No, no signs were returned. He didn't really pay attention to the signing. I think we were just not consistent enough with teaching him though, so some of that is our fault. The autism worries stem from my girlfriend whose son has been diagnosed with autism. She was worried about Brody because when he gets hurt, like bumps his head or something, he doesn't cry much and sometimes not at all. He rubs his head and gets up and moves on not seemingly phased much. Other than that, I don't think there is much reason to worry. He bumped his mouth on something last night and cried for a while!
My son didn't start saying anything until he started nursery at almost 2 years, he is now coming up for 3 next month and is a very good talker with full sentences and full of questions. They all develop at their own pace but if you are concerned about it discuss it with his health visitor or pediatrician
My oldest daughter had trouble talking. She didn't even babble much. She could comprehend and follow directions better then most kids her age but just didnt vocalize it. When she was around 2 we got her in speech therapy and she's really turned around. She's 3 1/2 now and although she still mispronounces some things, she's doing wonderful. Good enough to end speech therapy and she's now in regular preschool and doing VERY well. i would suggest getting a evaluation done to see what the experts think. I wish I would have gotten my daughter into it sooner but my hubby and I are definately glad we had her in it.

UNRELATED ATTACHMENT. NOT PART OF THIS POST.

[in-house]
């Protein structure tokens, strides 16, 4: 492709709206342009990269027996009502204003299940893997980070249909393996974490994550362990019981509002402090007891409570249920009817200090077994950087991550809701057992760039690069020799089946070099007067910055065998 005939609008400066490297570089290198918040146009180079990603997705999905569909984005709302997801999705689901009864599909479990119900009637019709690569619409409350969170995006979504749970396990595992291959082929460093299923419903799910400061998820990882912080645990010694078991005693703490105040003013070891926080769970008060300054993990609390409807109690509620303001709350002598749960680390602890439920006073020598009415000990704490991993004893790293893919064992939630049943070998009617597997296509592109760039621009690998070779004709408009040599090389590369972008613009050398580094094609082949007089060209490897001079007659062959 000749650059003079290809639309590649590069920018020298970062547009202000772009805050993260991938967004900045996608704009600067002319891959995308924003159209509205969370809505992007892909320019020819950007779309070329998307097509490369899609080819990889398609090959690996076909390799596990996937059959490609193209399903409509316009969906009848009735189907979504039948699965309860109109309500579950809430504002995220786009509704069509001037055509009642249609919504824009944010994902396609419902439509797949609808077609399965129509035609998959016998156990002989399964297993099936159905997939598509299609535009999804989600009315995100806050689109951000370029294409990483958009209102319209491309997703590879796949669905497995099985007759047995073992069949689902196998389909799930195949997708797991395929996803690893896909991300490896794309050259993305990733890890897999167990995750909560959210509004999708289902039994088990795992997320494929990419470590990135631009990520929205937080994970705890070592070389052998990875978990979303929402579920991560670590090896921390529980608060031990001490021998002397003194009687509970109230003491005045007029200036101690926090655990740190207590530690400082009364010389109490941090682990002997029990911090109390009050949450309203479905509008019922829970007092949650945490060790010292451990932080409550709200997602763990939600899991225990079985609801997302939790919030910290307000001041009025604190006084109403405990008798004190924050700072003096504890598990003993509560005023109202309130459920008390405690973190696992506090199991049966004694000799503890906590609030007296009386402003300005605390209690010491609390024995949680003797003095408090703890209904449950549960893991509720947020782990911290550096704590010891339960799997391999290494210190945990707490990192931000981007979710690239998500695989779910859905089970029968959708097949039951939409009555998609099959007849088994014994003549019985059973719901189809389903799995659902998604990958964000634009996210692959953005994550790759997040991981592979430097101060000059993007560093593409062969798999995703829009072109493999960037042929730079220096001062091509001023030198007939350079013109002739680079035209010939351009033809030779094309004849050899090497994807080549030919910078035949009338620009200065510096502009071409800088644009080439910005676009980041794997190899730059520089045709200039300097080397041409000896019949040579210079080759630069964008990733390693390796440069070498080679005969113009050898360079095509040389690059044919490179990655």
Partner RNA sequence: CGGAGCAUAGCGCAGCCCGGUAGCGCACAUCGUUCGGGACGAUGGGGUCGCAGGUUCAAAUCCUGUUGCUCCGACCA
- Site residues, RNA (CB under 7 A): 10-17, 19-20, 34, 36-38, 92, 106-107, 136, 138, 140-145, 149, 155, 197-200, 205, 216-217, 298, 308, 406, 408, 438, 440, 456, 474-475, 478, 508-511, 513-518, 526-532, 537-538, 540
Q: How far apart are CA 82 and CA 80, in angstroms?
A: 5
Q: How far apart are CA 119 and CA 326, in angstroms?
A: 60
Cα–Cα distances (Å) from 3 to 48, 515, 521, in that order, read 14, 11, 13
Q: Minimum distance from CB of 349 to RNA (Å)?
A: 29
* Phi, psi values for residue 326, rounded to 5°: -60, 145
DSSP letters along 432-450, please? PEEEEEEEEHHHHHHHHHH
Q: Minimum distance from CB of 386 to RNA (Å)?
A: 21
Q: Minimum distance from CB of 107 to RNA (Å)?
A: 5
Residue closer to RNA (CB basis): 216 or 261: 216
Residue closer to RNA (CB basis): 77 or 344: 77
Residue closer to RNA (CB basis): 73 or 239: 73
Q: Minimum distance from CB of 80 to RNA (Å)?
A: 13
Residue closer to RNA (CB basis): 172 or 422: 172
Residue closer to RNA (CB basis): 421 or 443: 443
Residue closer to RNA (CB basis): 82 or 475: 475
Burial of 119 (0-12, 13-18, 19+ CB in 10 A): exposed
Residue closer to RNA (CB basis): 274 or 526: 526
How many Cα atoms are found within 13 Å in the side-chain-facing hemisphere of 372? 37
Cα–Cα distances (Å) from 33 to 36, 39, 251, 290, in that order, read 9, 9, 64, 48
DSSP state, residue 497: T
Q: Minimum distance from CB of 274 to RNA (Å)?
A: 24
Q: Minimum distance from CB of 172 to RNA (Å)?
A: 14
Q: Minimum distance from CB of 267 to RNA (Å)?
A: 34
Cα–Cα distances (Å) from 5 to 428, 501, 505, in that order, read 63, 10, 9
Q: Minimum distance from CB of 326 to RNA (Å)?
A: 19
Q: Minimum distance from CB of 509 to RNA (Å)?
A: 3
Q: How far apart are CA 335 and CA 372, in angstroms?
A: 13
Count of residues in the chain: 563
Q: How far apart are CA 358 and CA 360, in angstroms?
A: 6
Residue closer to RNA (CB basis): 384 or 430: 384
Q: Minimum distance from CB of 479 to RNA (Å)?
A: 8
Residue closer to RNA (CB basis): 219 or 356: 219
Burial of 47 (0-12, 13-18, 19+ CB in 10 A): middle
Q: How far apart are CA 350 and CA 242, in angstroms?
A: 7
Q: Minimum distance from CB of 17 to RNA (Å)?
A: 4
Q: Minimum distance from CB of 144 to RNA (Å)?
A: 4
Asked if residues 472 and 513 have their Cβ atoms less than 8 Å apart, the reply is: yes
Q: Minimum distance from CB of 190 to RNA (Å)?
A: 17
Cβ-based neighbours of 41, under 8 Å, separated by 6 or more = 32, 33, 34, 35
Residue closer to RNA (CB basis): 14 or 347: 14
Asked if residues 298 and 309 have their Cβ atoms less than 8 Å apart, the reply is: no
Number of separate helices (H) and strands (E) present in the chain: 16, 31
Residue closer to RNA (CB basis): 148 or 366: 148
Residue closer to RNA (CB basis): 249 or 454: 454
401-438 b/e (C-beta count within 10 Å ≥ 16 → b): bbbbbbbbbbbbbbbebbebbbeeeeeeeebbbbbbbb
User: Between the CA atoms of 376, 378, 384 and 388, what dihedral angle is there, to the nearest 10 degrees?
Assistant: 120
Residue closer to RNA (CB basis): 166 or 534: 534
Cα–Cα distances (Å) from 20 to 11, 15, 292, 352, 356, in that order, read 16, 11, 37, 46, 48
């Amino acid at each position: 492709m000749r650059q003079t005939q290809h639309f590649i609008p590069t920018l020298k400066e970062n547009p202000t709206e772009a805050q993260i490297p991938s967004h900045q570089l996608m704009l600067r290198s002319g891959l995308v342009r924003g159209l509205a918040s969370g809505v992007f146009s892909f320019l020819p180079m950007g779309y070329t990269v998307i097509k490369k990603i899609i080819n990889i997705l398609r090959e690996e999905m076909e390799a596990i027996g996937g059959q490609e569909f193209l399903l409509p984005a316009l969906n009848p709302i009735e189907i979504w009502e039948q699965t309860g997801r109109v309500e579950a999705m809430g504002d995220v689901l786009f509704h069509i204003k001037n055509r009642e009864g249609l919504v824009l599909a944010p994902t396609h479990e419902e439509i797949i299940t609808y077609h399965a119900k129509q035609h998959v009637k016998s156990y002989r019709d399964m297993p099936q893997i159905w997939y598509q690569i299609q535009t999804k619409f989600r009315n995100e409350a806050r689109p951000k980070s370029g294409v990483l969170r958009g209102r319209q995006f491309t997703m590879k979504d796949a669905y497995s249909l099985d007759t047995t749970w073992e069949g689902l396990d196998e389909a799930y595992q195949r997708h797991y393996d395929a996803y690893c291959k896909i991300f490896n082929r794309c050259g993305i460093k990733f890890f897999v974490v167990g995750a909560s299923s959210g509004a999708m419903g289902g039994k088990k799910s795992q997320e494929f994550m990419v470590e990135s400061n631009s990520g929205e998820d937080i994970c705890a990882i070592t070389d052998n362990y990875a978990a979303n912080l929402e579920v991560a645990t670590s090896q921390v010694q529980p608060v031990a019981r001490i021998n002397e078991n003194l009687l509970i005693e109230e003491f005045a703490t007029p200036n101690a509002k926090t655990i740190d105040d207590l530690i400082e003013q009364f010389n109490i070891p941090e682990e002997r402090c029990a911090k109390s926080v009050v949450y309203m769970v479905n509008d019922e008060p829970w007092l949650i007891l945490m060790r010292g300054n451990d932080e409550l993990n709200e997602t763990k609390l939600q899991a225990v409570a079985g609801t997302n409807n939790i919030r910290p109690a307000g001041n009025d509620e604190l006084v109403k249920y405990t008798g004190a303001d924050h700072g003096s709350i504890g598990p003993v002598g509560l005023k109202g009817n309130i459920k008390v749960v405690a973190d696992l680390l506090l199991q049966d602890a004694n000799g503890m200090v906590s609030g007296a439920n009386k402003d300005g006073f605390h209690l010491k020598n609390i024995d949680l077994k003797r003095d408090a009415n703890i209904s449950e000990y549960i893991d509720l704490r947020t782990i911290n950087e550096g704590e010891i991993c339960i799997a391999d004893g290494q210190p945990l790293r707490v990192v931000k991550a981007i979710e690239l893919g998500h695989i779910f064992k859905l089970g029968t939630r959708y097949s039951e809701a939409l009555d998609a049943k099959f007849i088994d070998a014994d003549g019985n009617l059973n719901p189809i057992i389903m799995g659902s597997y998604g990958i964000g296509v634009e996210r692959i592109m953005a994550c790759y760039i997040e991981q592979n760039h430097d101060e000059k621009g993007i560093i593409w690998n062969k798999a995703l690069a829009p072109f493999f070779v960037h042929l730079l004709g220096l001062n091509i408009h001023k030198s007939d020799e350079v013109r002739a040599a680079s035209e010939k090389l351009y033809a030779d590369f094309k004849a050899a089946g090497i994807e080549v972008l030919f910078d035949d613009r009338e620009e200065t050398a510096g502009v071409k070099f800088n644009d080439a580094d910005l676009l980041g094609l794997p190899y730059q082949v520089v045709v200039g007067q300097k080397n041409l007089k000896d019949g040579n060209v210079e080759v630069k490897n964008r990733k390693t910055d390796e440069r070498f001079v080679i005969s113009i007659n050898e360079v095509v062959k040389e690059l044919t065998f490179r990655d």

CJ was a late bloomer, his receptive was fabulous, but he did not make clear words until just recently. Now he is chattering away.
I took it to be he was just a little later. He was quite advanced on all of his other milestones as were the other boys, I just figured he was bound to be a little slower in this as he has two big brothers who cater to his every whim ;-)
He loves his "cars" his kisses, and his bugs. I kid you not, he sees a crane fly and says "nice bug" and makes a petting motion. What can I say, I have boys.
It is a good idea to get it evaluated. But see if they will come to you. Least restrictive environment is ideal for evaluations anyway. I am sure he is fine, but maybe it will make you feel better. I had an appt for Sept 2nd and canceled it, I just felt it was going to be a waste of time. Seems as soon as I made the appt, he starts making words and stringing them together!